Monitoring smoke-drift in a mental health setting Reply

Our REFRESH project used air quality monitors to detect levels of pollution from second-hand tobacco smoke in the home.

Recently we employed one of the monitors for a different purpose – to analyse smoke drifting from an area where smoking is permitted to another where it is not.

The setting was in an organisation that cares for people with mental health issues. It’s important that the issue of smoking within mental health settings is addressed, because there are disproportionately more people smoking/using tobacco who also have a poor mental health diagnosis when compared to the population as a whole.

This, in turn, reinforces health inequalities and adds to the burden of ill-health which people with a poor mental health diagnosis already experience.

The organisation we visited has a residential area, where service users can smoke. But lighting up is banned in the adjoining communal areas where residents and staff gather. These areas are workplaces for the employees and they shouldn’t have to be exposed to second-hand smoke.

But there were reports that people sometimes smelled tobacco smoke in these spots. Could the smoke from residents’ homes be drifting, invisible and undetected, into areas where it shouldn’t be?

The organisation was interested to find out so we set up our monitor in the communal activities room of their centre and let it run for five days, measuring tiny particles in the air.

For indoor exposure, the World Health Organisation air quality guidance level (for 24-hour average exposure) is 25 micrograms per cubic metre (µg/m3) of particle size PM2.5.

Our results showed:
• that throughout this period, air quality was consistently – and almost continuously – above the WHO guidance value of exposure;

• that the highest reading was 245.2µg/m3 (on a Saturday afternoon);

• that even overnight (10pm-6am), when most residents would be in their own flats, particulate matter in the activities room remained above WHO guidance levels on all occasions;

• that there appeared to be a distinct patterning to the presence of particulate matter – the Friday and the Sunday saw mid-morning to mid-afternoon and late evening peaks of activity (when levels were roughly three times higher than the WHO guidance level);

• that the results displayed an unusually slow build-up of particulate matter (especially on the Saturday reading – if smoking were taking place in the same room, we would expect to see sudden ‘spikes’ in the data instead of a long, steady build-up), so this may indicate significant smoke-drift from adjoining private living spaces and/or other communal areas where smoking is taking place;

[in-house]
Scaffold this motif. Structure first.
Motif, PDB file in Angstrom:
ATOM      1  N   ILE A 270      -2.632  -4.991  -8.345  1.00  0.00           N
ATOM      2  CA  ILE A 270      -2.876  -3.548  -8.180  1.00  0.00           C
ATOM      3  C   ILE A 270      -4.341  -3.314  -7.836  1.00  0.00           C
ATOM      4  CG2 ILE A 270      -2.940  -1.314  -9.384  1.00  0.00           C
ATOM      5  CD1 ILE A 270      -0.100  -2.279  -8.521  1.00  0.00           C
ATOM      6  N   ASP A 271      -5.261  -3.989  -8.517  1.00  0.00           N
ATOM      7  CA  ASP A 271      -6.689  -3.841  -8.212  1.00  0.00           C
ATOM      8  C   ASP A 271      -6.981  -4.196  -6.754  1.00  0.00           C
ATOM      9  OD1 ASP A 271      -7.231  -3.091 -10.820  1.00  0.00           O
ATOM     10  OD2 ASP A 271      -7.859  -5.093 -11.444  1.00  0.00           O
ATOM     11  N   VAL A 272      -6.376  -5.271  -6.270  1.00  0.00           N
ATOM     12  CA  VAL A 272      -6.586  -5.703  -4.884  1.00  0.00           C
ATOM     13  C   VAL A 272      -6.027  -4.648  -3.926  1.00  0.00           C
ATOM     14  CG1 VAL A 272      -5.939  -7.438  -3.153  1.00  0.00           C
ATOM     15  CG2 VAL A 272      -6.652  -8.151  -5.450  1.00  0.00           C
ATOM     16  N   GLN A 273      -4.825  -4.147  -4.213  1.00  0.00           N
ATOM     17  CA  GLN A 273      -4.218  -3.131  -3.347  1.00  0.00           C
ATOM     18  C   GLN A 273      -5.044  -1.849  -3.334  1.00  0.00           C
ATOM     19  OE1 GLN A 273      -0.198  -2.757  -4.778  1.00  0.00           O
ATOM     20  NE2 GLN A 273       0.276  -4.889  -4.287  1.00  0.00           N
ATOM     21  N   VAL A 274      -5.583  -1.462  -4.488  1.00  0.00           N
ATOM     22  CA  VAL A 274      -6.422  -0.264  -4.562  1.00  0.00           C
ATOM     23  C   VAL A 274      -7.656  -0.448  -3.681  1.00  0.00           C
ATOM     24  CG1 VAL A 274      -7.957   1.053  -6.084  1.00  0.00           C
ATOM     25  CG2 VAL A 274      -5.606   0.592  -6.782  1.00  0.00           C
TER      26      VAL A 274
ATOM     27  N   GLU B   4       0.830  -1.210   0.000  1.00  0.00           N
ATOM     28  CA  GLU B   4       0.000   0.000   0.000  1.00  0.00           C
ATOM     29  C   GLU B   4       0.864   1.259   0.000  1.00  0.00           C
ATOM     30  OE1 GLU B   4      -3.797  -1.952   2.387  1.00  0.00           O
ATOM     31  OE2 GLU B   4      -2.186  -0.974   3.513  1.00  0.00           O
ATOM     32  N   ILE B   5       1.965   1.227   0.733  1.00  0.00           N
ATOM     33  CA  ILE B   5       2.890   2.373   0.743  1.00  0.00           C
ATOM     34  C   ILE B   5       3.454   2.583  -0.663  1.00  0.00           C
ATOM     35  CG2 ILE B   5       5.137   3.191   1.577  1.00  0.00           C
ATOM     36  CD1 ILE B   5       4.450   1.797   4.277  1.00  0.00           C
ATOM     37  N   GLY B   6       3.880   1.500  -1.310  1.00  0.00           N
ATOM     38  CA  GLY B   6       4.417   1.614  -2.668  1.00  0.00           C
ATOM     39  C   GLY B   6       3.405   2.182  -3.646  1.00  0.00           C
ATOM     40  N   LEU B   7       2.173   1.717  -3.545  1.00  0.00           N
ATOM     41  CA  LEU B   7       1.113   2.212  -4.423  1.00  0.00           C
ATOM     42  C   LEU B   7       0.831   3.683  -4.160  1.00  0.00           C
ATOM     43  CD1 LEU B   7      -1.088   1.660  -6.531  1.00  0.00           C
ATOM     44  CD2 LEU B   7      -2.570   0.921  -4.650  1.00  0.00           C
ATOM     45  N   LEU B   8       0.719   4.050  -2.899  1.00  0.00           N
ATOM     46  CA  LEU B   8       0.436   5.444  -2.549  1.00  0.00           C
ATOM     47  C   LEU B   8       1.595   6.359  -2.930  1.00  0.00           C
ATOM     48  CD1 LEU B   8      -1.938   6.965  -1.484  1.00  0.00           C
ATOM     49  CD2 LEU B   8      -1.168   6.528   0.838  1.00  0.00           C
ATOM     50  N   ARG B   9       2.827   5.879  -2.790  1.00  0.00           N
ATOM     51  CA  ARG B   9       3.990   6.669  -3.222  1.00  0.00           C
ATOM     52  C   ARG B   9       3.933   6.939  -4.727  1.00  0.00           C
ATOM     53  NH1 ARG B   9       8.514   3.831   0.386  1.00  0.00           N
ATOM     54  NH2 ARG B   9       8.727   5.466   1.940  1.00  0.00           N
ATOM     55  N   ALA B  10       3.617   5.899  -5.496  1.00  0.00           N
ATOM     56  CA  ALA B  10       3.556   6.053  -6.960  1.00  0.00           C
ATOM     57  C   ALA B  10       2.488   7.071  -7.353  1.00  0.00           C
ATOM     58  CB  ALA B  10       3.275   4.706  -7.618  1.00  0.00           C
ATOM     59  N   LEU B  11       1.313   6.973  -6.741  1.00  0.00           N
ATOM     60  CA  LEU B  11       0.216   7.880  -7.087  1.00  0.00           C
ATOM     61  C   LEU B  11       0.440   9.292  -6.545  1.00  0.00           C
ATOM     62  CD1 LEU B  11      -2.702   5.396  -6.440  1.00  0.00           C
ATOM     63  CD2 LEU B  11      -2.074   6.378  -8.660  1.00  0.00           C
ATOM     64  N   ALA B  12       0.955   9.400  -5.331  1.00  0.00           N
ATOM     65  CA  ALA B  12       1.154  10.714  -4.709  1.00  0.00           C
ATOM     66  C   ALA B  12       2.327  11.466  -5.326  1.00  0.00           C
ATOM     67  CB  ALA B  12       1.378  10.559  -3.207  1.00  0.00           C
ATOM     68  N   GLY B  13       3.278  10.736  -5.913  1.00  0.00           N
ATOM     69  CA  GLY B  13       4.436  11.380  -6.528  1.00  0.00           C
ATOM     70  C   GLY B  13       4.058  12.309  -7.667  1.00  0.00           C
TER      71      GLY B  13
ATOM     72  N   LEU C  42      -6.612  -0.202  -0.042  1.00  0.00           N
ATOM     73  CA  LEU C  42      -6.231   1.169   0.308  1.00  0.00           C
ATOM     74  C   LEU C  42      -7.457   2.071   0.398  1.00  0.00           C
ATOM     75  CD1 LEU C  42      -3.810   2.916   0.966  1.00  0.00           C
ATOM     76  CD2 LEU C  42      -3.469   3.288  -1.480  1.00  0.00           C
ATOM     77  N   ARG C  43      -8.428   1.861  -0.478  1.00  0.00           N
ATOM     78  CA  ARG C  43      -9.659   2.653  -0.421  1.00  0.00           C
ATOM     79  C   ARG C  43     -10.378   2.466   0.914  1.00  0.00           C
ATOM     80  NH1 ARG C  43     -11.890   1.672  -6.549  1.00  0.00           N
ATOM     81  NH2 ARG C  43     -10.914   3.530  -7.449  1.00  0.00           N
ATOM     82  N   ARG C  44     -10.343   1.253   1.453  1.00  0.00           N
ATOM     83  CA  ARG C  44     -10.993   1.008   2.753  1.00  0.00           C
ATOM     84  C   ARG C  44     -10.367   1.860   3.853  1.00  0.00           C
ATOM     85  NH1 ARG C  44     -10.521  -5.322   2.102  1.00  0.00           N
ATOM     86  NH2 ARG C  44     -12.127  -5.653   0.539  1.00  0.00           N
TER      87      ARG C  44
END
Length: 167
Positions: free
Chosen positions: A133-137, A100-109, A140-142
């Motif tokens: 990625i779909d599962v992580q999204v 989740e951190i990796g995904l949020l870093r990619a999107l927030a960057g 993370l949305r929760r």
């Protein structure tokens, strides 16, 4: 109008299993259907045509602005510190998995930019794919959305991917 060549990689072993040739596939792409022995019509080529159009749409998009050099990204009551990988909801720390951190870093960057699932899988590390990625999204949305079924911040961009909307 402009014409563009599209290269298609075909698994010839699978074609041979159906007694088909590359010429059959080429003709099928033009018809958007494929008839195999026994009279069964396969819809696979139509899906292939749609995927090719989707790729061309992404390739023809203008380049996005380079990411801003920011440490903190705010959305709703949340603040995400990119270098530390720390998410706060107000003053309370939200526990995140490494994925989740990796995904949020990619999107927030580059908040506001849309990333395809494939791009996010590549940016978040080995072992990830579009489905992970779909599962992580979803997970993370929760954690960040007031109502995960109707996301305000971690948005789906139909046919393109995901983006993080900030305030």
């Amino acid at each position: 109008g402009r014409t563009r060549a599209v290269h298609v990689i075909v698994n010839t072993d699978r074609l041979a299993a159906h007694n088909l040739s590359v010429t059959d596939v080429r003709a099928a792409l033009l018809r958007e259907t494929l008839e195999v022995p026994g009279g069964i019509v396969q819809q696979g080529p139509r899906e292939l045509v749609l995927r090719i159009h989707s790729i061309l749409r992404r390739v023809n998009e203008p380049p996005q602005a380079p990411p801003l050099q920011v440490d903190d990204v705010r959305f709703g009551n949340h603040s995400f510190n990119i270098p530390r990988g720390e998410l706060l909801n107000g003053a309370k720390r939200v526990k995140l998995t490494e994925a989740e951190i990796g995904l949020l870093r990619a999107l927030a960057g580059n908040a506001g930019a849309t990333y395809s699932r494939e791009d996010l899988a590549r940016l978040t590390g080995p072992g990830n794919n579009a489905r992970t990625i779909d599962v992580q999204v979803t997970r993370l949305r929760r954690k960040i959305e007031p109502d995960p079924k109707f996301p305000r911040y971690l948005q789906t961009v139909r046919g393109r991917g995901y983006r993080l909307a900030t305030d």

• that other sources of potential particulate matter – large candles, an open fire, frying/burning food in the vicinity – need to be ruled out, although due to the measured particulate size they are unlikely to be providing readings of this scale.

The results of our short study indicate that there may be a significant problem with second-hand smoke in communal areas of the organisation’s premises.

If the readings are indeed tobacco smoke drift, then it is hazardous to the health of all those who live or work in the centre (smokers and non-smokers alike) and should be addressed as a matter of urgency, in consultation with residents and centre users.

We suggested a number of ways the issue could be addressed.

1. that the timeframe during which air quality was monitored is re-examined to identify (and rule in or out) potential other sources of particulate matter, such as large candles, frying/burning food etc.;

2. that if second-hand tobacco smoke is indeed the cause of such high readings, then the organisation updates/applies its existing tobacco policy or develops a new one (either of which ASH Scotland would be happy to review), in an attempt to remove second-hand smoke from communal and working areas, starting from a given date – ensuring good discussion and communication beforehand with residents and centre users about what changes are being made and why;

3. that once the new/updated policy is in place, ASH Scotland returns with an air quality monitor and leaves it running for another five days;

4. that we analyse the readings and report back on the results, hopefully indicating a positive change.

We have already provided suggestions as to how their in-house tobacco policy might be strengthened, to improve compliance with no-smoking areas and to ensure that all staff are aware of what their rights and responsibilities are.

The organisation is now studying our recommendations and we hope to work further with them to help them counteract the potential problem of smoke-drift into staffed areas on their premises.


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